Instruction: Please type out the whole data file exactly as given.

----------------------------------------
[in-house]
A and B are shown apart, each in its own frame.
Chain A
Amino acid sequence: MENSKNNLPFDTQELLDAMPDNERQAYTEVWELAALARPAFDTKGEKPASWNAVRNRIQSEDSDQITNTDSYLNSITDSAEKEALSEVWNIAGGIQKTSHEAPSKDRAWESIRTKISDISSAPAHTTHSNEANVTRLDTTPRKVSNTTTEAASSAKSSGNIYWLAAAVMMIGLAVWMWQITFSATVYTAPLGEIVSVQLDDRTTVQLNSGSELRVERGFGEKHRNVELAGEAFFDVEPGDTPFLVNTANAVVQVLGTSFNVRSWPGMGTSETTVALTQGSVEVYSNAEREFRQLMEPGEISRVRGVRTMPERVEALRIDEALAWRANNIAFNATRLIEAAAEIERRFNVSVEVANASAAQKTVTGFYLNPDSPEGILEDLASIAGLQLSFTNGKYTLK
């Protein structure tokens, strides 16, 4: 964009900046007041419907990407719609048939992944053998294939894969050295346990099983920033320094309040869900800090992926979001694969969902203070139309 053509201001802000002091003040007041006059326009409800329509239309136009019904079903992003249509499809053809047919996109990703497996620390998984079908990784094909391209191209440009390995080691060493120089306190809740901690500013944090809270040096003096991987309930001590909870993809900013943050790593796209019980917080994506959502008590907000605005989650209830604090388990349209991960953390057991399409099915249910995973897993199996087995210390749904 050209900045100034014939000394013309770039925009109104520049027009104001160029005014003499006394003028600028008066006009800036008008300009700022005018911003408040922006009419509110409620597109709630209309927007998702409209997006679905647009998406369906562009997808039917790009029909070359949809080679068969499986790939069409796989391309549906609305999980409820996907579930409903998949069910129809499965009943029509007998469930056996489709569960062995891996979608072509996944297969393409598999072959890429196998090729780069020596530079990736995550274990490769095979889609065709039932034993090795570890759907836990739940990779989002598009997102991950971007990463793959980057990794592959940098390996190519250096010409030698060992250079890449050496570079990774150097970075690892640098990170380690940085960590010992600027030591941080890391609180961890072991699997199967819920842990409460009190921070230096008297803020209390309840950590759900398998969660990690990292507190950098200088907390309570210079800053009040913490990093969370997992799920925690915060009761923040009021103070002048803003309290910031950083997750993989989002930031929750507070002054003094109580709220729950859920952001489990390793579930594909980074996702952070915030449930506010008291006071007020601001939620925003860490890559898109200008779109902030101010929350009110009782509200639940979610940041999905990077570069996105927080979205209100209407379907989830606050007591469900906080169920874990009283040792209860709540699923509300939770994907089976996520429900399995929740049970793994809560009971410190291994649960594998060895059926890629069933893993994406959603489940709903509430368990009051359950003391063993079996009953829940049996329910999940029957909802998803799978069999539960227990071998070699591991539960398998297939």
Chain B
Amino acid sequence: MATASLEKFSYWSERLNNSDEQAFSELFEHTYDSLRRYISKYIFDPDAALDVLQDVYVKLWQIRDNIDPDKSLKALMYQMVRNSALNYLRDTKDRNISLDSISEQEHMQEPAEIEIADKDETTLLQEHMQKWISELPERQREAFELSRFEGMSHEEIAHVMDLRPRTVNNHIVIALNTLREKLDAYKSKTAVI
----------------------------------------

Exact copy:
[in-house]
A and B are shown apart, each in its own frame.
Chain A
Amino acid sequence: MENSKNNLPFDTQELLDAMPDNERQAYTEVWELAALARPAFDTKGEKPASWNAVRNRIQSEDSDQITNTDSYLNSITDSAEKEALSEVWNIAGGIQKTSHEAPSKDRAWESIRTKISDISSAPAHTTHSNEANVTRLDTTPRKVSNTTTEAASSAKSSGNIYWLAAAVMMIGLAVWMWQITFSATVYTAPLGEIVSVQLDDRTTVQLNSGSELRVERGFGEKHRNVELAGEAFFDVEPGDTPFLVNTANAVVQVLGTSFNVRSWPGMGTSETTVALTQGSVEVYSNAEREFRQLMEPGEISRVRGVRTMPERVEALRIDEALAWRANNIAFNATRLIEAAAEIERRFNVSVEVANASAAQKTVTGFYLNPDSPEGILEDLASIAGLQLSFTNGKYTLK
């Protein structure tokens, strides 16, 4: 964009900046007041419907990407719609048939992944053998294939894969050295346990099983920033320094309040869900800090992926979001694969969902203070139309 053509201001802000002091003040007041006059326009409800329509239309136009019904079903992003249509499809053809047919996109990703497996620390998984079908990784094909391209191209440009390995080691060493120089306190809740901690500013944090809270040096003096991987309930001590909870993809900013943050790593796209019980917080994506959502008590907000605005989650209830604090388990349209991960953390057991399409099915249910995973897993199996087995210390749904 050209900045100034014939000394013309770039925009109104520049027009104001160029005014003499006394003028600028008066006009800036008008300009700022005018911003408040922006009419509110409620597109709630209309927007998702409209997006679905647009998406369906562009997808039917790009029909070359949809080679068969499986790939069409796989391309549906609305999980409820996907579930409903998949069910129809499965009943029509007998469930056996489709569960062995891996979608072509996944297969393409598999072959890429196998090729780069020596530079990736995550274990490769095979889609065709039932034993090795570890759907836990739940990779989002598009997102991950971007990463793959980057990794592959940098390996190519250096010409030698060992250079890449050496570079990774150097970075690892640098990170380690940085960590010992600027030591941080890391609180961890072991699997199967819920842990409460009190921070230096008297803020209390309840950590759900398998969660990690990292507190950098200088907390309570210079800053009040913490990093969370997992799920925690915060009761923040009021103070002048803003309290910031950083997750993989989002930031929750507070002054003094109580709220729950859920952001489990390793579930594909980074996702952070915030449930506010008291006071007020601001939620925003860490890559898109200008779109902030101010929350009110009782509200639940979610940041999905990077570069996105927080979205209100209407379907989830606050007591469900906080169920874990009283040792209860709540699923509300939770994907089976996520429900399995929740049970793994809560009971410190291994649960594998060895059926890629069933893993994406959603489940709903509430368990009051359950003391063993079996009953829940049996329910999940029957909802998803799978069999539960227990071998070699591991539960398998297939």
Chain B
Amino acid sequence: MATASLEKFSYWSERLNNSDEQAFSELFEHTYDSLRRYISKYIFDPDAALDVLQDVYVKLWQIRDNIDPDKSLKALMYQMVRNSALNYLRDTKDRNISLDSISEQEHMQEPAEIEIADKDETTLLQEHMQKWISELPERQREAFELSRFEGMSHEEIAHVMDLRPRTVNNHIVIALNTLREKLDAYKSKTAVI